At a symposium on polymer science in March of 1979 at the IBM research laboratories in San Jose, Hideki Shirakawa presented his vision for an as-of-yet undiscovered fluorinated polyacetylene.1 Material scientists were still digesting his recent collaborative discovery of highly conductive doped polyacetylene that would later deliver him a joint Nobel prize in 2000.2 At the symposium he had teamed up with veteran compatriot Kenichi Fukui, whose pioneering work on frontier molecular orbital theory would earn him his own Nobel prize two years later. They predicted that this new form of polyacetylene would have modified optical properties and improved solid-state packing, as well as be amenable to n-type doping for improved conductivity. Although Shirakawa and Fukui suggested a possible synthesis of fluorinated polyacetylene by polymerizing a suitable fluorinated acetylene, it was never realized. The monomer they proposed, difluoroacetylene, is highly unstable and spontaneously oligomerizes unproductively at –95 ºC.3
Figure: The first synthesis of a fluorinated polyacetylene by force-mediated unzipping. First, an unusual photochemical cascade prepares our fluorinated ladderene monomer, followed by chemoselective ring-opening metathesis polymerization of the non-fluorinated cyclobutene. Ultrasonication of this precursor polymer in solution produces fluorinated polyacetylene, a gold-colored solid.
To overcome this synthetic obstacle, we developed an alternative synthesis of a semi-fluorinated polyacetylene by unzipping a precursor polymer (Figure, bottom right).4 The key step in our synthesis was an unusual photochemical cascade reaction that rapidly assembled the fluoroladder scaffold, and whose mechanism was informed by computation of the excited states. Polymerization was then achieved by ring-opening metathesis polymerization (ROMP). When we applied force to this colorless fluoroladderene polymer, insoluble fluorinated polyacetylene precipitated from the midnight blue solution. Surprisingly, upon removal of solvent we discovered that the now semiconducting solid fluorinated polyacetylene displayed an iridescent gold-color (Figure, bottom left). With material in hand, we can now begin to investigate the predictions by Shirakawa and Fukui.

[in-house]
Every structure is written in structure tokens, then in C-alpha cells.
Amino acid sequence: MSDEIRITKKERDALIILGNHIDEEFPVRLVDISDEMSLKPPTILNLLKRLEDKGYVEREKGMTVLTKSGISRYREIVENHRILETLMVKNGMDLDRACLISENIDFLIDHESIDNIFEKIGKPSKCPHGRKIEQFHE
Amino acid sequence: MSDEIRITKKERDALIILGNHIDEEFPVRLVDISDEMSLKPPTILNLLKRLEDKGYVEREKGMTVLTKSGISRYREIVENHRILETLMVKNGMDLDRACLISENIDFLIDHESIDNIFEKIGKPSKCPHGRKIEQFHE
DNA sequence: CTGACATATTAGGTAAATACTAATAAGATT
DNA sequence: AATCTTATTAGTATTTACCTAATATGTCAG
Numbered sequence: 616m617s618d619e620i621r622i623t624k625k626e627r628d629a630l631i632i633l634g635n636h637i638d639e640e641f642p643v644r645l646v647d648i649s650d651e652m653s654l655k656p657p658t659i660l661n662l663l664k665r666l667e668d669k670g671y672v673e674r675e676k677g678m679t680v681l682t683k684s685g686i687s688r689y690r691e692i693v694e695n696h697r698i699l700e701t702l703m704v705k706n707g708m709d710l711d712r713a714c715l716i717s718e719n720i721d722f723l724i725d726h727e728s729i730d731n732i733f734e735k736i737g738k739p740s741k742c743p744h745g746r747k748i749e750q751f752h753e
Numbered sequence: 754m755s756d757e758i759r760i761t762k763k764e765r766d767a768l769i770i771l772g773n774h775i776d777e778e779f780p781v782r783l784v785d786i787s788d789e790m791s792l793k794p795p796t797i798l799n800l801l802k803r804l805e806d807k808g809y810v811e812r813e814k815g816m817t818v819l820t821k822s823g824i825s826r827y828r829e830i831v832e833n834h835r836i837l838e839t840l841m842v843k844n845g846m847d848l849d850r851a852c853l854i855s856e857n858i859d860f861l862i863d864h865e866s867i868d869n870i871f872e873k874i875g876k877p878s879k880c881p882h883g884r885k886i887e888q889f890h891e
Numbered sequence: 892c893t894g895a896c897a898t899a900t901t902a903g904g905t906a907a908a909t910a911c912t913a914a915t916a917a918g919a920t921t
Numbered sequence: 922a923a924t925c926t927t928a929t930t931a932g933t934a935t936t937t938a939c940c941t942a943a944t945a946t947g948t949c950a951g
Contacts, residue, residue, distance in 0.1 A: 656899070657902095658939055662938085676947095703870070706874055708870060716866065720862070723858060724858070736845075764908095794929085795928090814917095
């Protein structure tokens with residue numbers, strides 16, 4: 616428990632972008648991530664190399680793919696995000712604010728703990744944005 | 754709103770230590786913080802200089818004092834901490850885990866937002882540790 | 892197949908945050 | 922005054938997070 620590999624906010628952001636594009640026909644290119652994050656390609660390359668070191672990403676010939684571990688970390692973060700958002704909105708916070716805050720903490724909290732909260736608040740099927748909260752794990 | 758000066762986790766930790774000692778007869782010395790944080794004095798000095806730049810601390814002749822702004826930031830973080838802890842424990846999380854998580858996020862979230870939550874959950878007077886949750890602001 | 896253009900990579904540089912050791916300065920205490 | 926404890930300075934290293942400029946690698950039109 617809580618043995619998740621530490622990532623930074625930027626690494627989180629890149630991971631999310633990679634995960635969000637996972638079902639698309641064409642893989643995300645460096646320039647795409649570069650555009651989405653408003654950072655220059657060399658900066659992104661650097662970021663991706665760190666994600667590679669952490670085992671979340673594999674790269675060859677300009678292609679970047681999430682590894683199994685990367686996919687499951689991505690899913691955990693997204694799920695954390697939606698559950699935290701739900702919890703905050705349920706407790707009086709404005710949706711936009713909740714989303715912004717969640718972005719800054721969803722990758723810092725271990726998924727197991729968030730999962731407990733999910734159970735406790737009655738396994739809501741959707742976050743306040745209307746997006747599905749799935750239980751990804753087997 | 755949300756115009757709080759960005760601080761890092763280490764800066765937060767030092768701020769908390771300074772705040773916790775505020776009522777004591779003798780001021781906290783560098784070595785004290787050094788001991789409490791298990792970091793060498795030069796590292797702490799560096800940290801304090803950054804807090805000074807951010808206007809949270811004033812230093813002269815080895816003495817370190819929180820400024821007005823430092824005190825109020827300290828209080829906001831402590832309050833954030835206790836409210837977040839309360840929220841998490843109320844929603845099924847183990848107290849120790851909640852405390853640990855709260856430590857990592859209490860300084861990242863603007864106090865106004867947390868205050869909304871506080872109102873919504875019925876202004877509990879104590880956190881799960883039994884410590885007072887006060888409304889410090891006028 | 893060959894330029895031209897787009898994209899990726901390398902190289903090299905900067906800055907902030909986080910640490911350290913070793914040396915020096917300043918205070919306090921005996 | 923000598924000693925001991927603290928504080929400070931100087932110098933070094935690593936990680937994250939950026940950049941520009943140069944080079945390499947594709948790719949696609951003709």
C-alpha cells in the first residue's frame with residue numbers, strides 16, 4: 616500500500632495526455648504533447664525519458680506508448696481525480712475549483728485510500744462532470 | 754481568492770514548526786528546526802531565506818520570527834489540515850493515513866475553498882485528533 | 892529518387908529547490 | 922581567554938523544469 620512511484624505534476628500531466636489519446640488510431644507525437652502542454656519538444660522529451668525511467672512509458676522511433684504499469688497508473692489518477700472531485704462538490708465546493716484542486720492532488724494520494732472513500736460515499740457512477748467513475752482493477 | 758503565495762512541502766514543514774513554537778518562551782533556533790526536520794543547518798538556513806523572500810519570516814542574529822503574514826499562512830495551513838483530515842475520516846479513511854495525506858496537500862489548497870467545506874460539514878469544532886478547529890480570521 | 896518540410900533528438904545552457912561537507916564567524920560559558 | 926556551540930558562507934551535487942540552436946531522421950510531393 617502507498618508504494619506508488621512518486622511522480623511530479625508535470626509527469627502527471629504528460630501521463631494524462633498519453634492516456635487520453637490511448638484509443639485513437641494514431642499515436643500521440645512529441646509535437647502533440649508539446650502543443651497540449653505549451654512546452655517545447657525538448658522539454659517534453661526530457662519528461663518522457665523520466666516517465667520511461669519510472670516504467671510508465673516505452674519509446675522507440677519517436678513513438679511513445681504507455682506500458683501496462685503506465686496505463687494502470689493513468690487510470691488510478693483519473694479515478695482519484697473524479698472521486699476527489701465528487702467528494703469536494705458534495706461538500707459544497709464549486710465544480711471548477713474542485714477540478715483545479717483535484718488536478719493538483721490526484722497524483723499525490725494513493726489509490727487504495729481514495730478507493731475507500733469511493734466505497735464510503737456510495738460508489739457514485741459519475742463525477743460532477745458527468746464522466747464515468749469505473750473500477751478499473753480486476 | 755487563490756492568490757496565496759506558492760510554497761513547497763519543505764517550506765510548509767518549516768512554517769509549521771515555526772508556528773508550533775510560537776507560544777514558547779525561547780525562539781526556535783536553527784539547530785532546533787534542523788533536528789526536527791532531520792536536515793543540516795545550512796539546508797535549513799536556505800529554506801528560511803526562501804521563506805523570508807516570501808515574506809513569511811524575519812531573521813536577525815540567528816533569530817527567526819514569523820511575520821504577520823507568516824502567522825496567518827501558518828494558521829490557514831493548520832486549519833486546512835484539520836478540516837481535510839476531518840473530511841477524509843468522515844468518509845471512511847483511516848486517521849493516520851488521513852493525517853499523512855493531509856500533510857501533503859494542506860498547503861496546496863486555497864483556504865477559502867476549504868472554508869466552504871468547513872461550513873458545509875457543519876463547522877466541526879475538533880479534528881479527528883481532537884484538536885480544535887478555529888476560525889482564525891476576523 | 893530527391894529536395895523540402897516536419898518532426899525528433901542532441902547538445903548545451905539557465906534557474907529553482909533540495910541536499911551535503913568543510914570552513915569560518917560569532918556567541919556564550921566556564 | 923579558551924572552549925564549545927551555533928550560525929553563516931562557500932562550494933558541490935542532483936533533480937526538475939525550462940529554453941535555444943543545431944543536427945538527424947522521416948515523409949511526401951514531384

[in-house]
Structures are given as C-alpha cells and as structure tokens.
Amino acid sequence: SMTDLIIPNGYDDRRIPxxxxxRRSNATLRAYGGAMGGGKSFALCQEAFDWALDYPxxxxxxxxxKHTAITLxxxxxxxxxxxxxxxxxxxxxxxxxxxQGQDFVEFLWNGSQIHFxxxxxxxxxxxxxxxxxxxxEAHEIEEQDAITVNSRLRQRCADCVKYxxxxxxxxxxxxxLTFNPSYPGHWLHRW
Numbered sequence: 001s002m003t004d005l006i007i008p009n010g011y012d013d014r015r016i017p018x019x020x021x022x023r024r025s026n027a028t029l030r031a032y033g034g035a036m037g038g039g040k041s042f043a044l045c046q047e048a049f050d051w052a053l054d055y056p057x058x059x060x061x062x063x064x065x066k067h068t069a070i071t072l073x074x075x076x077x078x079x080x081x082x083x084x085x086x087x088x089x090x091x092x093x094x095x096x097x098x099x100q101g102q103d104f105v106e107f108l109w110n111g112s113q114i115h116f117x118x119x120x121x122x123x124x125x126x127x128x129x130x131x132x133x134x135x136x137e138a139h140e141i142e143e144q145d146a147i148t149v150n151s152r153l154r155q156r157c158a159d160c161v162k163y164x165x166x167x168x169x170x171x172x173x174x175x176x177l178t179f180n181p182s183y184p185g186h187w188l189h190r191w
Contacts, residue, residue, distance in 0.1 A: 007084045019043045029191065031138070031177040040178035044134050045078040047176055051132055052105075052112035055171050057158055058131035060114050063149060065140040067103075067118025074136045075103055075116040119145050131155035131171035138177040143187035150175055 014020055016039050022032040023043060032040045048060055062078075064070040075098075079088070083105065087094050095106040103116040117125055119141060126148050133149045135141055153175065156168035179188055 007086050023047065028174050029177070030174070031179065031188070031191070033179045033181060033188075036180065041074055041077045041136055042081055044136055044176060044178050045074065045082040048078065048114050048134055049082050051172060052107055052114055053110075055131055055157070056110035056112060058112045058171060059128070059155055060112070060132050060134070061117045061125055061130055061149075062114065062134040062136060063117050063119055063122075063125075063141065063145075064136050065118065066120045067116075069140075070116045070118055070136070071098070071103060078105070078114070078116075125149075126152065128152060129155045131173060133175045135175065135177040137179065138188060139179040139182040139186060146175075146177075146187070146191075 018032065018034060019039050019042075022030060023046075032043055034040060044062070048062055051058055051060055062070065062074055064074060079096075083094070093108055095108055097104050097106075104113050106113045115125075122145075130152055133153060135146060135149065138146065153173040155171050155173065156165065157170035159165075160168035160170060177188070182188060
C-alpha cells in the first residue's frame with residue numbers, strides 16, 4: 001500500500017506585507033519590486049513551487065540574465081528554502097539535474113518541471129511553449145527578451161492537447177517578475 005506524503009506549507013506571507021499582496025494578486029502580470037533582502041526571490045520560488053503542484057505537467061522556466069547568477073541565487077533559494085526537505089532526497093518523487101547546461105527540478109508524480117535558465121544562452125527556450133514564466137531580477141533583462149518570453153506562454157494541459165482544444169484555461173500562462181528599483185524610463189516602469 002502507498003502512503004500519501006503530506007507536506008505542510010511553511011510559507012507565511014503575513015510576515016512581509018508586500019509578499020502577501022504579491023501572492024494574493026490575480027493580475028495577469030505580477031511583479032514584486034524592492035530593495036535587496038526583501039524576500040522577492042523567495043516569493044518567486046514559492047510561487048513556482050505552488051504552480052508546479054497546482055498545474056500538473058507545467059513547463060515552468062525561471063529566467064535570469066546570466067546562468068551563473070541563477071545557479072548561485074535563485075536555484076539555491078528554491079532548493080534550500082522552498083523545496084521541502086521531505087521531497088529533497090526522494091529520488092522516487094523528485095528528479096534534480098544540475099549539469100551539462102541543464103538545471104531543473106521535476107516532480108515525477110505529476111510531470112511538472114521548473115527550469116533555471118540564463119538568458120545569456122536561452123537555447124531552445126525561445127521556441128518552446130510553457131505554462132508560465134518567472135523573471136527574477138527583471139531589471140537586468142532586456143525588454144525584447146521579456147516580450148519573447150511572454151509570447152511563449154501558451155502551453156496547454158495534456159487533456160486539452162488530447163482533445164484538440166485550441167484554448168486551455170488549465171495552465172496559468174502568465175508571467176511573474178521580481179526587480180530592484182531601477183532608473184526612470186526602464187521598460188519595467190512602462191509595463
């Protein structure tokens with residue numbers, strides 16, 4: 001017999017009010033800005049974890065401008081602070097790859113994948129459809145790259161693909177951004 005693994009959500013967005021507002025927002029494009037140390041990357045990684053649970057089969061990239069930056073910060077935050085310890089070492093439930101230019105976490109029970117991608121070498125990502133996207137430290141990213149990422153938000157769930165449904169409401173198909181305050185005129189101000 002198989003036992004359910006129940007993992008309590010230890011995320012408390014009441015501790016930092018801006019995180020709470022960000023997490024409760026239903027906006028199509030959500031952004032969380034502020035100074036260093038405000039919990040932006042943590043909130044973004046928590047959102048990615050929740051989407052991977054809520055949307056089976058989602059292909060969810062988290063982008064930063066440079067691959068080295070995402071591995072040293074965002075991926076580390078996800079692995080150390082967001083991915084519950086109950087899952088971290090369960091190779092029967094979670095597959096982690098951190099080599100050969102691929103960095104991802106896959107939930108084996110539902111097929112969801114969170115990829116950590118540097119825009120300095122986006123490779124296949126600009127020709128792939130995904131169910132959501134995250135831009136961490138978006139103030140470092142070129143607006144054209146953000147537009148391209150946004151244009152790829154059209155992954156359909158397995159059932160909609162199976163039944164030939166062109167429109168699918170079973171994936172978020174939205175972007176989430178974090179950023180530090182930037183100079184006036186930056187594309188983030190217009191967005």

In recent years, the field of polymer mechanochemistry has emerged to harness mechanical force experienced by macromolecules into productive chemical reactions.5 Specially designed functional group that undergo some chemical change from stress or strain are called mechanophores. Ultrasonication of polymers in solution is a convenient method for applying the necessary forces to cleave covalent bonds in mechanophores. While most examples of force-responsive polymers feature the breakage of one or two bonds, a polymer composed entirely of mechanophores can result in dramatic transformations of a material upon mechanical activation.
Despite its many achievements, polymer mechanochemistry is still an underutilized method to synthesize new materials. We believe a necessary leap in the adoption of polymer mechanochemistry as a synthetic tool is to continue to demonstrate its utility by preparing targets that are inaccessible by conventional means.
- Yamabe, T., Tanaka, K., Terama, H., Fukui, K., Shirakawa, H. & Ikeda, S. The Electronic Structures of Fluorinated Polyacetylenes. A Design of New Organic Polymer Alternatives to Polyacetylene. Synthetic Met. 1979, 1, 321–
- Shirakawa, H., Louis, E. J., MacDiarmid, A. G., Chiang, C. K., Heeger, A. J. Synthesis of Electrically Conducting Organic Polymers: Halogen Derivatives of Polyacetylene, (CH)x. Chem. Soc., Chem. Commun. 1977, 578–580.
- Gould, G. L., Eswara, V., Trifu, R. M. & Castner, D. G. Polydifluroracetylene, Polychlorofluoroacetylene, and Polydichloroacetylene. J. Am. Chem. Soc. 1999, 121, 3781–3782.
- Boswell, B. R., et al. Mechanochemical Synthesis of an Elusive Fluorinated Polyacetylene. Chem. 2021, 13, 41-46.
- Li, J., Nagamani, C. & Moore, J. S. Polymer Mechanochemistry: From Destructive to Productive. Chem. Res. 2015, 48, 2181–2190.